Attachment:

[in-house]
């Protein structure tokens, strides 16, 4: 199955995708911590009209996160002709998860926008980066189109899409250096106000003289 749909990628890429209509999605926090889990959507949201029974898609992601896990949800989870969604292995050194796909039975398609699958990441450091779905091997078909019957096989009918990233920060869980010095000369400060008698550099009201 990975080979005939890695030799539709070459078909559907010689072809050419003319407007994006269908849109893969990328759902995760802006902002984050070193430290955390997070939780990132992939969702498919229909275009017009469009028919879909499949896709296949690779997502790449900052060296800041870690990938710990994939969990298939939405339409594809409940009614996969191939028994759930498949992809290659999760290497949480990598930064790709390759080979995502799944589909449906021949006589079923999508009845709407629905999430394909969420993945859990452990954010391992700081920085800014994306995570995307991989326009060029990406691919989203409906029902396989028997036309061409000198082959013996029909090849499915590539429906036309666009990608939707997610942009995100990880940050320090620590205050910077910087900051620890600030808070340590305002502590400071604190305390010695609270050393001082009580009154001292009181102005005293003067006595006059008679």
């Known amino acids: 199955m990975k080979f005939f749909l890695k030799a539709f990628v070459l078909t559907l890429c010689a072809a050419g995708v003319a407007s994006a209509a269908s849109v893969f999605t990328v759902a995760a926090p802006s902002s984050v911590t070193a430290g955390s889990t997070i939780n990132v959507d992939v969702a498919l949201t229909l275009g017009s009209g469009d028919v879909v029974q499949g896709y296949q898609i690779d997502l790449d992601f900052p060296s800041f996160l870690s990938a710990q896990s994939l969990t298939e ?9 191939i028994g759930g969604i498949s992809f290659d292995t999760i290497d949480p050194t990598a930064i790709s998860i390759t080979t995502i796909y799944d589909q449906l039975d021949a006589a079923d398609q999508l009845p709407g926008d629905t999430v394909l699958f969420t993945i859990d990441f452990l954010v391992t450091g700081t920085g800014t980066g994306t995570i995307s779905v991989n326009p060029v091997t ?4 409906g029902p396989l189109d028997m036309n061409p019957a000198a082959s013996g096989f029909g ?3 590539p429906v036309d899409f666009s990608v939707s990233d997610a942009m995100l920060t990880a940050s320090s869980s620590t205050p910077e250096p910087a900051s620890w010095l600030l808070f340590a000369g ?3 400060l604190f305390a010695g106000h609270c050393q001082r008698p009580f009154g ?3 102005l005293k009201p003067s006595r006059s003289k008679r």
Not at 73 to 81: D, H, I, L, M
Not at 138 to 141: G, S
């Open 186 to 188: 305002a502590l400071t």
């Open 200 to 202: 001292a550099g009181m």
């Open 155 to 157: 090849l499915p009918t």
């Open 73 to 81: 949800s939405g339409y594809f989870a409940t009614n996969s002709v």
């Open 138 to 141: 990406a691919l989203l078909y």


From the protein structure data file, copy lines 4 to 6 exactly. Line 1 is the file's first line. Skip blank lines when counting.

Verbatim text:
Not at 73 to 81: D, H, I, L, M
Not at 138 to 141: G, S
């Open 186 to 188: 305002a502590l400071t």